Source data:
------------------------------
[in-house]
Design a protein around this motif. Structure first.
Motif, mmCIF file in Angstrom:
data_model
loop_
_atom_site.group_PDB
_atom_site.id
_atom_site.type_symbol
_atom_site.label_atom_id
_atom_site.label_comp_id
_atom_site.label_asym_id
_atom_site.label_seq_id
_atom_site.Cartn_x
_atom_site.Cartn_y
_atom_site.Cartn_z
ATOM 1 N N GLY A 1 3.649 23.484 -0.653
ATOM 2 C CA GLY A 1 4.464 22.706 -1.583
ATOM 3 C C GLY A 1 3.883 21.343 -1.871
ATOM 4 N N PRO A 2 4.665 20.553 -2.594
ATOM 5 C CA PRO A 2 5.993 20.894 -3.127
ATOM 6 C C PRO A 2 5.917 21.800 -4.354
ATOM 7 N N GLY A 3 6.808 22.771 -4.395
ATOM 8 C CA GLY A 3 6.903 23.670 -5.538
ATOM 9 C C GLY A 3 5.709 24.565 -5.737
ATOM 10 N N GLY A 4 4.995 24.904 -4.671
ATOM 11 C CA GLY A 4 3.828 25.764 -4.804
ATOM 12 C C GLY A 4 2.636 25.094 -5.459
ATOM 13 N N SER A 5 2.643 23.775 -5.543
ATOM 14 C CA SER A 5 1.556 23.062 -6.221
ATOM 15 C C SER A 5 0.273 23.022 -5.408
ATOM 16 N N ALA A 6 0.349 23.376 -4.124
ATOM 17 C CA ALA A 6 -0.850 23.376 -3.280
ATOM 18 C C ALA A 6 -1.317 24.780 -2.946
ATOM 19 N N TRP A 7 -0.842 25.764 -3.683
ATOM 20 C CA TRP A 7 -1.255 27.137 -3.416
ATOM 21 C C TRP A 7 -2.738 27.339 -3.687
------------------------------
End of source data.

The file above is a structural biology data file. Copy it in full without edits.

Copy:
[in-house]
Design a protein around this motif. Structure first.
Motif, mmCIF file in Angstrom:
data_model
loop_
_atom_site.group_PDB
_atom_site.id
_atom_site.type_symbol
_atom_site.label_atom_id
_atom_site.label_comp_id
_atom_site.label_asym_id
_atom_site.label_seq_id
_atom_site.Cartn_x
_atom_site.Cartn_y
_atom_site.Cartn_z
ATOM 1 N N GLY A 1 3.649 23.484 -0.653
ATOM 2 C CA GLY A 1 4.464 22.706 -1.583
ATOM 3 C C GLY A 1 3.883 21.343 -1.871
ATOM 4 N N PRO A 2 4.665 20.553 -2.594
ATOM 5 C CA PRO A 2 5.993 20.894 -3.127
ATOM 6 C C PRO A 2 5.917 21.800 -4.354
ATOM 7 N N GLY A 3 6.808 22.771 -4.395
ATOM 8 C CA GLY A 3 6.903 23.670 -5.538
ATOM 9 C C GLY A 3 5.709 24.565 -5.737
ATOM 10 N N GLY A 4 4.995 24.904 -4.671
ATOM 11 C CA GLY A 4 3.828 25.764 -4.804
ATOM 12 C C GLY A 4 2.636 25.094 -5.459
ATOM 13 N N SER A 5 2.643 23.775 -5.543
ATOM 14 C CA SER A 5 1.556 23.062 -6.221
ATOM 15 C C SER A 5 0.273 23.022 -5.408
ATOM 16 N N ALA A 6 0.349 23.376 -4.124
ATOM 17 C CA ALA A 6 -0.850 23.376 -3.280
ATOM 18 C C ALA A 6 -1.317 24.780 -2.946
ATOM 19 N N TRP A 7 -0.842 25.764 -3.683
ATOM 20 C CA TRP A 7 -1.255 27.137 -3.416
ATOM 21 C C TRP A 7 -2.738 27.339 -3.687